Action and not words is the Bush administration strong suit. Unlike Ronald Reagan speaking against Communism or FDR against Fascism, George W. Bush is not effective in the type of presidential role that historian David McCullough called ” the Preacher Militant”. In order to avoid criticism that America is in a ” war against Islam”, Bush tends to muddy the waters over who exactly the enemy is, where by contrast, Reagan ‘s soft touch anecdotes would showcase his anticommunism in a gentle way but with no loss of clarity. Bush instead opts to personalize, focusing on Bin Laden and Zarqawi though killing or capturing either, while a great victory, will not end the war.
Since Bush is a mediocre communicator he tends to avoid speaking out or at least procrastinates until his poll numbers begin to drop and his supporters begin to clamor for a presidential speech, thus raising expectations for a task he does not perform particularly well as it is. So, I am going to disagree somewhat with Marc. Making Bush go speak more frequently or hold more press conferences will just make Bush an increasingly frustrated-sounding punching bag. What the administration does need is an effective communication strategy with an articulated message of the day, week, month on the war.
The President does not need to do all the talking but the administration needs to speak with one voice regardless of who happens to be at the podium.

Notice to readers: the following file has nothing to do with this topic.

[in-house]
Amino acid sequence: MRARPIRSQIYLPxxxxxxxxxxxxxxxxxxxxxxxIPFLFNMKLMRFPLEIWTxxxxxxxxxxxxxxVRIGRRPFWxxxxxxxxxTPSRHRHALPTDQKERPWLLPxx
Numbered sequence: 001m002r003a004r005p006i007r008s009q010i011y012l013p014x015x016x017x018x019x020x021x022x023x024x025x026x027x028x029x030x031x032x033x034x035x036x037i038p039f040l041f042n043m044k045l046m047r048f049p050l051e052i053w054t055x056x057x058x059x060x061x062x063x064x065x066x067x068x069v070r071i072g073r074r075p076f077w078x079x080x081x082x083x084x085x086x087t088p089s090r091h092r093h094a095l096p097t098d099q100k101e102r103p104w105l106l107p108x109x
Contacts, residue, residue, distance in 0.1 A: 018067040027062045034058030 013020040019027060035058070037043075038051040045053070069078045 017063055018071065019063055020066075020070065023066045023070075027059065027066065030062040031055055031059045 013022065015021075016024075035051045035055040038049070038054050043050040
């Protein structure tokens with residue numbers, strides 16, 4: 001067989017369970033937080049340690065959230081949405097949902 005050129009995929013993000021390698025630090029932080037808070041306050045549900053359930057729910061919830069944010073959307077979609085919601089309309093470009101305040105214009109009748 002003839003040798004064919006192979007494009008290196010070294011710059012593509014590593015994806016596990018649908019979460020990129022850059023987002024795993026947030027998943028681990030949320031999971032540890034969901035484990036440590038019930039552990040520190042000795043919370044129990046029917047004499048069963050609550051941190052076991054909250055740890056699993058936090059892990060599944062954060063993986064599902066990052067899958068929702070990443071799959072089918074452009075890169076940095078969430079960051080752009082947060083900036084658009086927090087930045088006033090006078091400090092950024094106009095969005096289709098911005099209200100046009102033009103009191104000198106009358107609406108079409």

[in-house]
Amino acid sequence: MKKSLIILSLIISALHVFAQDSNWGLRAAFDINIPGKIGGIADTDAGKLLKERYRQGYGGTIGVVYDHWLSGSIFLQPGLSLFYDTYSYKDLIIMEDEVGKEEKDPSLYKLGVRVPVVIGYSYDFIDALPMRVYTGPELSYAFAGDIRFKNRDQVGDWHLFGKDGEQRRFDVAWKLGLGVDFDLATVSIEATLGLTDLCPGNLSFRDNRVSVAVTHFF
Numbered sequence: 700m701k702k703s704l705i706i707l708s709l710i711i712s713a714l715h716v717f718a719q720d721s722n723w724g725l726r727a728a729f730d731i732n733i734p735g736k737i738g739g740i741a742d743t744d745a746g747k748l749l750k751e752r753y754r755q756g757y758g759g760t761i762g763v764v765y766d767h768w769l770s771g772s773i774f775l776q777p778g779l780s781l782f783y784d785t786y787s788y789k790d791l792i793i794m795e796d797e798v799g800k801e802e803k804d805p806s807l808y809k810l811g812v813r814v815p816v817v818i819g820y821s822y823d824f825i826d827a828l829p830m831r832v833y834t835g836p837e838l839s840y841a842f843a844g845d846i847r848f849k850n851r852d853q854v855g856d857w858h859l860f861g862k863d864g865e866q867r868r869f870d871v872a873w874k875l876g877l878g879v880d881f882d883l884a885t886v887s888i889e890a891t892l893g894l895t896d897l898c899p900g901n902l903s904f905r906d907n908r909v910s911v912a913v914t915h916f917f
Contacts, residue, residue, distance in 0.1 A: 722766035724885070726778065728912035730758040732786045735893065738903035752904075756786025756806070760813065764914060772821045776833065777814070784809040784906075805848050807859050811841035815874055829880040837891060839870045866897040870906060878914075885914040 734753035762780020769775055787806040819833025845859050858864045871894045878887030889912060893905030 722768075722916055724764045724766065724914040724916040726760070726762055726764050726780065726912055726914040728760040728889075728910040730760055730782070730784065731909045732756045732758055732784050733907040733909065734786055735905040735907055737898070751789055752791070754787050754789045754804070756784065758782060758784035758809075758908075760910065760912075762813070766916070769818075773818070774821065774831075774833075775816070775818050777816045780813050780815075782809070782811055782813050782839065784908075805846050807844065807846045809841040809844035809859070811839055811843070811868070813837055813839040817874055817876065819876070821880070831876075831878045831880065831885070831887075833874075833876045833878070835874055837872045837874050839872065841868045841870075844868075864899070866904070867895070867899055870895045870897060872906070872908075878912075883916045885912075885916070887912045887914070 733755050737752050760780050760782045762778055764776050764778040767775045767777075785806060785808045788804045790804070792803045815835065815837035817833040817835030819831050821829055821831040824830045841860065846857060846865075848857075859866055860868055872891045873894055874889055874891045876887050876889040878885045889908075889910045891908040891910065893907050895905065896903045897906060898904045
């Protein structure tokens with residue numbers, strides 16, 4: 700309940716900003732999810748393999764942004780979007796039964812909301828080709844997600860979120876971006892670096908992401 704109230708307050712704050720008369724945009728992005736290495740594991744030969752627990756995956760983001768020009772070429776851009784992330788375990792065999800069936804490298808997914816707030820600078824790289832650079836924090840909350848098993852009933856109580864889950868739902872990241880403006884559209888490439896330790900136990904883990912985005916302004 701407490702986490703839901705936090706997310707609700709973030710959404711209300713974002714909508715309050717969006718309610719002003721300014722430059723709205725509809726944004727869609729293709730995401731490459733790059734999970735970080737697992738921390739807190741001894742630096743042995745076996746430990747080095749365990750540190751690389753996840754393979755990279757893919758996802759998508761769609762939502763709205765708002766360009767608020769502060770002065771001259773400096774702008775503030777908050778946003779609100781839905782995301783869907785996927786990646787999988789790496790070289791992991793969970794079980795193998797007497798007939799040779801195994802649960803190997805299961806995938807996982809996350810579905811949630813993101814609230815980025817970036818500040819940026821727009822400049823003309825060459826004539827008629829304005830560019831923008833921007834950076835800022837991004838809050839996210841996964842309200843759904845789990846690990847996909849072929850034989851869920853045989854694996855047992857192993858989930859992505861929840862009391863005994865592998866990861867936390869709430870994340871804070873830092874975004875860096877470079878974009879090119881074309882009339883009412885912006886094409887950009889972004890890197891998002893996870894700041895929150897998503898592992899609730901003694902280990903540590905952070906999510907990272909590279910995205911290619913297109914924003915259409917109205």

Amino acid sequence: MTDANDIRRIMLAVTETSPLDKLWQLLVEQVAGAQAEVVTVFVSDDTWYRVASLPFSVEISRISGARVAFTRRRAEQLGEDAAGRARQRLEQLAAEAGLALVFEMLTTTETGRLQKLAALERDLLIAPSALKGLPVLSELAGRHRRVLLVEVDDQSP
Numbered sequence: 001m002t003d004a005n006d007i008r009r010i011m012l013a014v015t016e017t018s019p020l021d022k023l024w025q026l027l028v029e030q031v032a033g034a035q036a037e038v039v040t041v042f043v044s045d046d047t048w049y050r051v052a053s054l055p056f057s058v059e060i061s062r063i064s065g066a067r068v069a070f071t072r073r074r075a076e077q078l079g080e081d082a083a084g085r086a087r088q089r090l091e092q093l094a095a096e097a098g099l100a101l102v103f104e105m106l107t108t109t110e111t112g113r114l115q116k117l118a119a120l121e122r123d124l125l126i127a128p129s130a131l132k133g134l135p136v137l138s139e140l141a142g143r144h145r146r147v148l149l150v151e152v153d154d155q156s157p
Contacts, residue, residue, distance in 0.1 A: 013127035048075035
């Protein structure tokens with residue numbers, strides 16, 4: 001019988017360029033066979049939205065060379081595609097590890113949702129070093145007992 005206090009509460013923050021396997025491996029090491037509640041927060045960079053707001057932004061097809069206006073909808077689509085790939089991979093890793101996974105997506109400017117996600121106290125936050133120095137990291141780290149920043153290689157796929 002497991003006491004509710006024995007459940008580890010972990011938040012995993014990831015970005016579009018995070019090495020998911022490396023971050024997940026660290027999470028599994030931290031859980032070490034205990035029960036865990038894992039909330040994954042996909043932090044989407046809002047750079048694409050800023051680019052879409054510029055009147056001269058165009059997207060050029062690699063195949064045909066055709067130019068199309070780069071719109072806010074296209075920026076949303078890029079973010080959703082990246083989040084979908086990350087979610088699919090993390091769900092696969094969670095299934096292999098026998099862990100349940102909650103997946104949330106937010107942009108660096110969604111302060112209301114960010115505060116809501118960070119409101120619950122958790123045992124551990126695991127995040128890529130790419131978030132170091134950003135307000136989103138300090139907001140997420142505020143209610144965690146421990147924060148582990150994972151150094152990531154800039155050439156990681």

June 29th, 2005 at 3:32 pm
the dynamic of ideological paralysis that envelopes the Democrats on GWOT or Iraq has little to do with Bush per se. The reigning mentality on display in that party has been going on since the defeat in Vietnam and either it will be worked through to reach a rational and effective liberalism on defense and foreign policy or the Democrats will go the way the Whigs did over slavery and sectionalism.
Funny, that’s how Democrats see you guys: Republicans pour the nation’s blood and treasure down a rat hole in pursuance of some sort of revenge/exculpation for the disasters of the past, including Vietnam and 9/11. Rationalizations and unproven allegations are swallowed whole, even regarded as self-evident justification. What the administration said two years ago, a year ago, six months ago, last month is shown to be “not operative” and is forgotten. Failures of policy are laid at the feet of a treasonous media and opposition. Talk that reminds one of the “Dolchstosslegende” circulates freely among the leaders of the Republican party. On the other hand, it is Democrats who argued that Saddam did not have WMD, did not have “operational” links to international terrorism, and did not pose a threat to U.S. security – yet you say blithely it is the Democrats who must change or be swept aside.